Testosterone has been tested by subcutaneous injection and implantation in mice and rats. The implant induced cervical-uterine tumors in mice, which metastasized in some cases. There is suggestive evidence that injection of testosterone into some strains of female mice increases their susceptibility to hepatoma. Testosterone is also known to increase the number of tumors and decrease the degree of differentiation of chemically- induced carcinomas of the liver in rats.
There are rare reports of hepatocellular carcinoma in patients receiving long-term therapy with androgens in high doses. Withdrawal of the drugs did not lead to regression of the tumors in all cases. Geriatric patients treated with androgens may be at an increased risk of developing prostatic hypertrophy and prostatic carcinoma although conclusive evidence to support this concept is lacking.
Teratogenic Effects. Pregnancy Category X. (See CONTRAINDICATIONS.)
DEPO-Testosterone is not recommended for use in nursing mothers.
The following adverse reactions in the male have occurred with some androgens:
Endocrine and urogenital: Gynecomastia and excessive frequency and duration of penile erections. Oligospermia may occur at high dosages.
Skin and appendages: Hirsutism, male pattern of baldness, seborrhea, and acne.
Fluid and electrolyte disturbances: Retention of sodium, chloride, water, potassium, calcium, and inorganic phosphates.
Gastrointestinal: Nausea, cholestatic jaundice, alterations in liver function tests, rarely hepatocellular neoplasms and peliosis hepatis (see WARNINGS).
Hematologic: Suppression of clotting factors II, V, VII, and X, bleeding in patients on concomitant anticoagulant therapy, and polycythemia.
Nervous system: Increased or decreased libido, headache, anxiety, depression, and generalized
Allergic: Hypersensitivity, including skin manifestations and anaphylactoid reactions.
Miscellaneous: Inflammation and pain at the site of intramuscular injection.
There have been no reports of acute overdosage with the androgens.
DOSAGE AND ADMINISTRATION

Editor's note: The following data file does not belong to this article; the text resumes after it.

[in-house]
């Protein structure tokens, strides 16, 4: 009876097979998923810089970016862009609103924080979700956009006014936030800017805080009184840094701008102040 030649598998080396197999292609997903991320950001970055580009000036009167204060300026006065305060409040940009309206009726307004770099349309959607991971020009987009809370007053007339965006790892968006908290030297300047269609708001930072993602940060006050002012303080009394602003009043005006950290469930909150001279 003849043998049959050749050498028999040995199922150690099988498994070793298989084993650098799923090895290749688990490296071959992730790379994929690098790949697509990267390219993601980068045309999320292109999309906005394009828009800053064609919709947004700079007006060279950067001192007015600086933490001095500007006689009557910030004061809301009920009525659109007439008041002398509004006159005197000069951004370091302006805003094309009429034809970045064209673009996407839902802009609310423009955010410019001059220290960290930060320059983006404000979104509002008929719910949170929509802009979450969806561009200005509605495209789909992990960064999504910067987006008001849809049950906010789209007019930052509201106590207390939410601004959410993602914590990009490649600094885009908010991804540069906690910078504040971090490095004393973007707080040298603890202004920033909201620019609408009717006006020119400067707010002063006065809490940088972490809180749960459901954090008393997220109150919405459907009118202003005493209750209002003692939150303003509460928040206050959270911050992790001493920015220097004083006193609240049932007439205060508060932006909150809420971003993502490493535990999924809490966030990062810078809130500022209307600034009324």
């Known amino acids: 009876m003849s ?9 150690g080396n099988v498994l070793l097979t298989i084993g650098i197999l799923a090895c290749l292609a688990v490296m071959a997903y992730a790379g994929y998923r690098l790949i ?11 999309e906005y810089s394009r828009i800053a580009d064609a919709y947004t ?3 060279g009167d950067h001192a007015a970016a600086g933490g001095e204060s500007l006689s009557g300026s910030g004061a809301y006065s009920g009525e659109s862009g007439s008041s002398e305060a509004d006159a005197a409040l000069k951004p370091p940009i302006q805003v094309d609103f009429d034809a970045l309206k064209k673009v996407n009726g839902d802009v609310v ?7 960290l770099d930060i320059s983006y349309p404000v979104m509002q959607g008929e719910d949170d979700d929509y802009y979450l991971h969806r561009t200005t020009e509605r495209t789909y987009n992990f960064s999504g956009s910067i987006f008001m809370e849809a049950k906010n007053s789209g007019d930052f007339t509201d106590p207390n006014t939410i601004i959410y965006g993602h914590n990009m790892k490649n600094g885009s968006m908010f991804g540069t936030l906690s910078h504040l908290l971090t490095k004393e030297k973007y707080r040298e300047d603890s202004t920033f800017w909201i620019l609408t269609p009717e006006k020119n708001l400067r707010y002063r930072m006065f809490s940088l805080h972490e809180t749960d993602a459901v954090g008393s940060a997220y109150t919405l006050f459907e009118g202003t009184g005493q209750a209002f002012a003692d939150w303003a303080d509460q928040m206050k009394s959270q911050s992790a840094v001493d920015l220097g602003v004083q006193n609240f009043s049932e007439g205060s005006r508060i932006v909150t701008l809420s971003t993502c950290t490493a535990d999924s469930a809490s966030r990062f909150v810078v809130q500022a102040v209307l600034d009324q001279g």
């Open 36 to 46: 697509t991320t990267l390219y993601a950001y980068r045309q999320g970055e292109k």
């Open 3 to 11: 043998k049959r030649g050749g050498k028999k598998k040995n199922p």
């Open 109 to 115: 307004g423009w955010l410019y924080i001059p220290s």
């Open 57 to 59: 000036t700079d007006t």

DEPO-Testosterone Injection is for intramuscular use only.
It should not be given intravenously. Intramuscular injections should be given deep in the gluteal muscle.
The suggested dosage for DEPO-Testosterone Injection varies depending on the age, sex, and diagnosis of the individual patient. Dosage is adjusted according to the patient’s response and the appearance of adverse reactions.
Various dosage regimens have been used to induce pubertal changes in hypogonadal males; some experts have advocated lower dosages initially, gradually increasing the dose as puberty progresses, with or without a decrease to maintenance levels. Other experts emphasize that higher dosages are needed to induce pubertal changes and lower dosages can be used for maintenance after puberty. The chronological and skeletal ages must be taken into consideration, both in determining the initial dose and in adjusting the dose.
For replacement in the hypogonadal male, 50-400 mg should be administered every two to four weeks.
Parenteral drug products should be inspected visually for particulate matter and discoloration prior to administration, whenever solution and container permit.
Warming and shaking the vial should redissolve any crystals that may have formed during storage at temperatures lower than recommended.
Vials should be stored at controlled room temperature 20° to 25°C (68° to 77°F)
Protect from light.